The film at Number 11 on the Internet Archive Top 100 that I finished a few months ago was My Darling Clementine (see trailer above). When it came time to embed the movie in this post, I discovered that it has been removed from the Archive, probably because it isn’t in the public domain. I can’t find a good substitute for so lofty a spot, so let me tell you a story.
When I first began compiling this list from the Archive’s Feature Films collection, I saw that the set included a treasure trove of great English-language movies with Portuguese subtitles. The trouble was that many of them, though hidden by their translated Portuguese titles, were clearly not in the public domain; any spotlight on them would probably get them noticed and removed. I disqualified them from consideration.
Movies can leave the public domain. I’ve still got a copy of And Then There Were None (1945) that was PD when I downloaded it from the Archive but was later withdrawn from the PD. I’m using this spot in the list to commemorate and suggest the many feature films that come and go. So you can still watch a full movie, I’ve embedded one of those Portuguese specials. Please excuse me if I don’t mention its title. Enjoy it, if that’s legal, while you can.
Charles Laughton won an Oscar for his work in this sweeping historical drama of the infamous English monarch and his many queens. Elsa Lanchester, Laughton’s real-life wife, was especially strong as Anne of Cleves. The Private Life of Henry VIII was also nominated for best picture (they called it Outstanding Production back then) but lost to Cavalcade.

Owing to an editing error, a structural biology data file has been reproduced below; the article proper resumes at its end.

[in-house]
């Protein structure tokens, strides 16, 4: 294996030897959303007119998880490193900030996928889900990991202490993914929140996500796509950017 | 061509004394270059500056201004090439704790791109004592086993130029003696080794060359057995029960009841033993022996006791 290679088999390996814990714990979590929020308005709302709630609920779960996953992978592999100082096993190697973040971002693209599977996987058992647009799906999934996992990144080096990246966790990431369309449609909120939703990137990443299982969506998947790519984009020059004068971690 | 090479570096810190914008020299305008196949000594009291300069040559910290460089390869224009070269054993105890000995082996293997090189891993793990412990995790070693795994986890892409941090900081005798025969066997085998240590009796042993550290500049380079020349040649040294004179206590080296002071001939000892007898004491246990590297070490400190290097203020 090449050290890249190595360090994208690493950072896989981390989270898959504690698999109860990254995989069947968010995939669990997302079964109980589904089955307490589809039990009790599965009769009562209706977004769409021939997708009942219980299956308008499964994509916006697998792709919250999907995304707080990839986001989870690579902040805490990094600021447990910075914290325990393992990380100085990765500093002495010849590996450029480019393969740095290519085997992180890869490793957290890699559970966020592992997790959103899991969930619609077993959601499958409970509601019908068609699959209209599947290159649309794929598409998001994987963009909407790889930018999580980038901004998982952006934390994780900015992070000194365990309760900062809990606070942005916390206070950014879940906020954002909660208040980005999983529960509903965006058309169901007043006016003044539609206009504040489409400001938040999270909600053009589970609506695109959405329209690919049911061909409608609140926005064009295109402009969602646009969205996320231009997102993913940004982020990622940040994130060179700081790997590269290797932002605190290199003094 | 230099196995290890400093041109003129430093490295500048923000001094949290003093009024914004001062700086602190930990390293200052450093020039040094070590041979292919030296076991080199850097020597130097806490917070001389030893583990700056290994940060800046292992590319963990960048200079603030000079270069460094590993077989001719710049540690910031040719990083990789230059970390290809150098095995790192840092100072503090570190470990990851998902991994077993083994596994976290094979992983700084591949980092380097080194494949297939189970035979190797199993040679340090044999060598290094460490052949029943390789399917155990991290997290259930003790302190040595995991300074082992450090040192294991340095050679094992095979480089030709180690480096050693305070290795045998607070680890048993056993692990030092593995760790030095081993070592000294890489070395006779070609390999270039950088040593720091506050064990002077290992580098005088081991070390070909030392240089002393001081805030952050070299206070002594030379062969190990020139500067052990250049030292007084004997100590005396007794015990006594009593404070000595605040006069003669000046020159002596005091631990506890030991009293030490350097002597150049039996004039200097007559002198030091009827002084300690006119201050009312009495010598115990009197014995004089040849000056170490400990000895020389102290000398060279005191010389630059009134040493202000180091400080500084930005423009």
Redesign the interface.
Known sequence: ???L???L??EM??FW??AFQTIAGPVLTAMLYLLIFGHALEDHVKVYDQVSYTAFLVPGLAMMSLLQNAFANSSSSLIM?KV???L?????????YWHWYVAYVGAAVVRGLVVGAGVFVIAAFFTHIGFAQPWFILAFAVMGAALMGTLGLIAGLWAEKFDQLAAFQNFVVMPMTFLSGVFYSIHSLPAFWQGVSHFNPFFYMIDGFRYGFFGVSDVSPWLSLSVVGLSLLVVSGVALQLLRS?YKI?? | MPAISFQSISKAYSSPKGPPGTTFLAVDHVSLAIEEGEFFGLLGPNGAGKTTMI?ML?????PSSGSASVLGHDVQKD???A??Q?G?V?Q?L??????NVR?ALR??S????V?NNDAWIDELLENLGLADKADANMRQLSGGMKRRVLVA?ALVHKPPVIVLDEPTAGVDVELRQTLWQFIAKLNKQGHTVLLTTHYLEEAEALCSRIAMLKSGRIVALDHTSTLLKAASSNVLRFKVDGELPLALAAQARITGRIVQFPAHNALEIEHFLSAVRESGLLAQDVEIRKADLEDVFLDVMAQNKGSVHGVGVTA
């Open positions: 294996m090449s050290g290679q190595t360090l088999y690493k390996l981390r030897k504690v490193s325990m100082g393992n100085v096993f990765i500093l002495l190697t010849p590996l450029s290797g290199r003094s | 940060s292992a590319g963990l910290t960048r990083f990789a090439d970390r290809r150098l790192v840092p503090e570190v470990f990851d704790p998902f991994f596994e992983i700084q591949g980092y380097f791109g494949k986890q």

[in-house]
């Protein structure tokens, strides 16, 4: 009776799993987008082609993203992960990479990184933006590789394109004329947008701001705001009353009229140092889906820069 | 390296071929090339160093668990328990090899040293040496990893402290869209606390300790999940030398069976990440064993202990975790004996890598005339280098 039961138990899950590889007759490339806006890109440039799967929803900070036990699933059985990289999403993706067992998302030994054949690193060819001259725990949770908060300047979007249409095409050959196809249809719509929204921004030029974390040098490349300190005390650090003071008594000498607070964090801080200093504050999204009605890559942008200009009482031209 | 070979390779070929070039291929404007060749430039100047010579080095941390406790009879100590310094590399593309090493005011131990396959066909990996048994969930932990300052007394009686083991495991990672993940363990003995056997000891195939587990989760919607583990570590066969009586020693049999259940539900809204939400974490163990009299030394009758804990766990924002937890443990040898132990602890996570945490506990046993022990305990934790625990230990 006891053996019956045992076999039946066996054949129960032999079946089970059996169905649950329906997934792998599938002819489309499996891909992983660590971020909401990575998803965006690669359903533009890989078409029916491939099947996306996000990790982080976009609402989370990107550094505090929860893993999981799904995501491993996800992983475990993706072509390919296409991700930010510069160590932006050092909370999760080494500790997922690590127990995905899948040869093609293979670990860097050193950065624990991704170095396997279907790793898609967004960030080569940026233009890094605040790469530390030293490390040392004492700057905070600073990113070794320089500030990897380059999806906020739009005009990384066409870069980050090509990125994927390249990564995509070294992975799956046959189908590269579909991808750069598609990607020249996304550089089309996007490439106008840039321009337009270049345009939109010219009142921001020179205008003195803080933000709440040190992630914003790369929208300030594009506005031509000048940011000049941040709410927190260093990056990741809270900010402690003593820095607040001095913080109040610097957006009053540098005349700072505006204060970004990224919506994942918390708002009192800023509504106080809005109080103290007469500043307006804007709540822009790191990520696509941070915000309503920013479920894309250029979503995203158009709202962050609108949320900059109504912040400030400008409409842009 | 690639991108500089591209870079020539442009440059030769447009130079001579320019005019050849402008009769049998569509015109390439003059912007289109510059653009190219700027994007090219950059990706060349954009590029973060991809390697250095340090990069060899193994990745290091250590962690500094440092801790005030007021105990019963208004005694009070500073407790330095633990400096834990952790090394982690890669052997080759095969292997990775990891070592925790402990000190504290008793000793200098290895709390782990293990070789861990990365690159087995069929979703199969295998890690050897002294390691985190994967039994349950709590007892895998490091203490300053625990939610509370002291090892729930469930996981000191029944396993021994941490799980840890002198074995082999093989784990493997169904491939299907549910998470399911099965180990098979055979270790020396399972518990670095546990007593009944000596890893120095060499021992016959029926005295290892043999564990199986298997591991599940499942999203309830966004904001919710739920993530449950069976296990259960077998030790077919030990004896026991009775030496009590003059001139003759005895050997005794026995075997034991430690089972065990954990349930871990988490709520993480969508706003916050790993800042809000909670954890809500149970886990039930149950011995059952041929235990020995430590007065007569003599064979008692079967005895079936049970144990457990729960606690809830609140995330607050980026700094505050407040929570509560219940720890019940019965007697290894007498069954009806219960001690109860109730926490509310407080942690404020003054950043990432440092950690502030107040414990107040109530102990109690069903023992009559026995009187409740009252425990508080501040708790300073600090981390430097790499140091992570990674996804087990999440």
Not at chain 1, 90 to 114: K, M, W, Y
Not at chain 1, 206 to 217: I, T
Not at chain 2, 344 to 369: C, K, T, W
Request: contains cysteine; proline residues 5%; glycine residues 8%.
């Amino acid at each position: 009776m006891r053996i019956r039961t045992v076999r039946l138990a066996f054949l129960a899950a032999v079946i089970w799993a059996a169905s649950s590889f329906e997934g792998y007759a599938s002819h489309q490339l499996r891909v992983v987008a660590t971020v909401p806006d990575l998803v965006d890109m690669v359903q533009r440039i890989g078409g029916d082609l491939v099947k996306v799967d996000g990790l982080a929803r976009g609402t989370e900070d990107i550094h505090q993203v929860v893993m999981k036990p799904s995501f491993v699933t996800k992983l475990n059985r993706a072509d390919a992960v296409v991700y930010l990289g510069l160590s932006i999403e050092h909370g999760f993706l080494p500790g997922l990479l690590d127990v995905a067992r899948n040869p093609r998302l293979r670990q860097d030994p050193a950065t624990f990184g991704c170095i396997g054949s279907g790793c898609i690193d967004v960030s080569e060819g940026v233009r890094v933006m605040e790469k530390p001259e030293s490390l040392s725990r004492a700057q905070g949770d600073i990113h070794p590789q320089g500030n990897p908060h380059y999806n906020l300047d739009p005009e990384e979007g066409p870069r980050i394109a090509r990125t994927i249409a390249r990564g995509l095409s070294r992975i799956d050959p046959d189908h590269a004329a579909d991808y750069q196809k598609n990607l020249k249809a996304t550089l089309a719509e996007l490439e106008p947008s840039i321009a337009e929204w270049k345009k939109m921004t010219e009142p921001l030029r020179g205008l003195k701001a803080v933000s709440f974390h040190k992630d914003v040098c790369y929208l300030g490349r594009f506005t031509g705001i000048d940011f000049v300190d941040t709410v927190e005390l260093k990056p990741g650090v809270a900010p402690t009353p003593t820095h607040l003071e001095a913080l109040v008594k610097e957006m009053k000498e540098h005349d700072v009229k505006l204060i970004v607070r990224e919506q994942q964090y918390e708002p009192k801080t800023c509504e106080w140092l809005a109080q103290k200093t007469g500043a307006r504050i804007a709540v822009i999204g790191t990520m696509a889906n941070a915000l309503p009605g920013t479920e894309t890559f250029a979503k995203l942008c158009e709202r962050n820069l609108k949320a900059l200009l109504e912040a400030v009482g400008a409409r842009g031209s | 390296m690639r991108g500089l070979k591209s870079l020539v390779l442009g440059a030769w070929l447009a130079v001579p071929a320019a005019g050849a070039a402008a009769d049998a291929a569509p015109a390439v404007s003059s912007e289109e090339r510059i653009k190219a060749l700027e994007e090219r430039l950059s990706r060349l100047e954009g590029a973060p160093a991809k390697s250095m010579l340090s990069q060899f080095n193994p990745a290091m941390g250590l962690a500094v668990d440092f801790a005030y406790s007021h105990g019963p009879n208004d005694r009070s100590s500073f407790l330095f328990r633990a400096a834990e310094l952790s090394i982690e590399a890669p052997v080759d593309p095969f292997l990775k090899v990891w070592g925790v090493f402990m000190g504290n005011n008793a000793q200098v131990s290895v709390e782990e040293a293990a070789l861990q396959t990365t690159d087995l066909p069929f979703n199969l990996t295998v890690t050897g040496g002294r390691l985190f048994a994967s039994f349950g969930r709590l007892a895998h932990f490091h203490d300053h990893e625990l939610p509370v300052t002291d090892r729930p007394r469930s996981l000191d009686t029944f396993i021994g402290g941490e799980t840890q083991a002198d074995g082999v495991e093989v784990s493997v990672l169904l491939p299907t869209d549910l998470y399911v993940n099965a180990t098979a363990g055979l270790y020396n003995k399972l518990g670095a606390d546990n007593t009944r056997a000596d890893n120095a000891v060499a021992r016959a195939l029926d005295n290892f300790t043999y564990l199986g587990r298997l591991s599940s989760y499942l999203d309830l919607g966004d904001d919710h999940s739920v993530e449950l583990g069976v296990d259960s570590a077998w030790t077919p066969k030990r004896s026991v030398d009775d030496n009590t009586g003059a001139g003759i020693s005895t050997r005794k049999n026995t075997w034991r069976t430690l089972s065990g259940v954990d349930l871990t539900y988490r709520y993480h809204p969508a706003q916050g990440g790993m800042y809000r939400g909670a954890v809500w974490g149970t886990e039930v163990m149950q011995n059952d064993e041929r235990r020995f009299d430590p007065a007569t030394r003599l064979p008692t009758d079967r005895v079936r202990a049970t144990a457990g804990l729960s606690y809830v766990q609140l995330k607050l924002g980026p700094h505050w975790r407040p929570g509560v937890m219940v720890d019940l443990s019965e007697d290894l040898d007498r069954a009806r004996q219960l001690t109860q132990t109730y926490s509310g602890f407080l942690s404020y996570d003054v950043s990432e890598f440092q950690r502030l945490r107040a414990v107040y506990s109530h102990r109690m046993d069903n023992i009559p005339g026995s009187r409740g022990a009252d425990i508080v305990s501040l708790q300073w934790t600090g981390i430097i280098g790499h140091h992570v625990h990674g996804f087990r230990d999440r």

This was the first non-American film to win an Academy Award in any category, and the first to be nominated for best picture. Leonard Maltin gave this movie a perfect 4 stars, That plus strong support from IMDb users pushed it near the top of the Internet Archive Top 100.
A year before beginning his most famous role as Nick Charles in The Thin Man movies, William Powell finished another film series in which he starred another sophisticated detective, Philo Vance. The Kennel Murder Case, the series’ fifth entry, also starred Mary Astor, who would later turn in a memorable performance opposite Humphrey Bogart in The Maltese Falcon.
This Internet Archive Top 100 movie was directed by Michael Curtiz, who won an Oscar in 1942 for Casablanca. The Kennel Murder Case is a prime example of a well-done 1930s murder mystery. Enjoy!
José Ferrer won a Tony Award in 1947 for his Broadway performance of Cyrano de Bergerac. Three years later, he won the Academy Award for Best Actor in Cyrano de Bergerac, a fairly faithful adaptation of that play. Ferrer was the first Hispanic actor to win an Oscar, and I wonder how many more Tony-Oscar winners there are of the same role.
The supporting players are nothing special, and the film was made in a hurry with limited sets, reflecting the accurate notion that a 1950 American audience would not be drawn to a title it couldn’t pronounce. Ferrer’s amazing work lifts this movie above all that to its high position in the Internet Archive Top 100.
Imagine Errol Flynn, Basil Rathbone and David Niven working together – can you imagine any three more dashing British* heroes? The Dawn Patrol was the only movie where they portrayed comrades, in this case Royal Flying Corps fighter pilots in World War I.
This was a remake of a 1930 film of the same name, and was co-written by Seton Miller, the original’s screenwriter. It also reused some of the aerial footage of the first movie. But its better-developed characters, action and star power make this version the one that landed on the Internet Archive Top 100.
*Flynn was born in Australia, but he was educated in England and seems pretty darned British to me.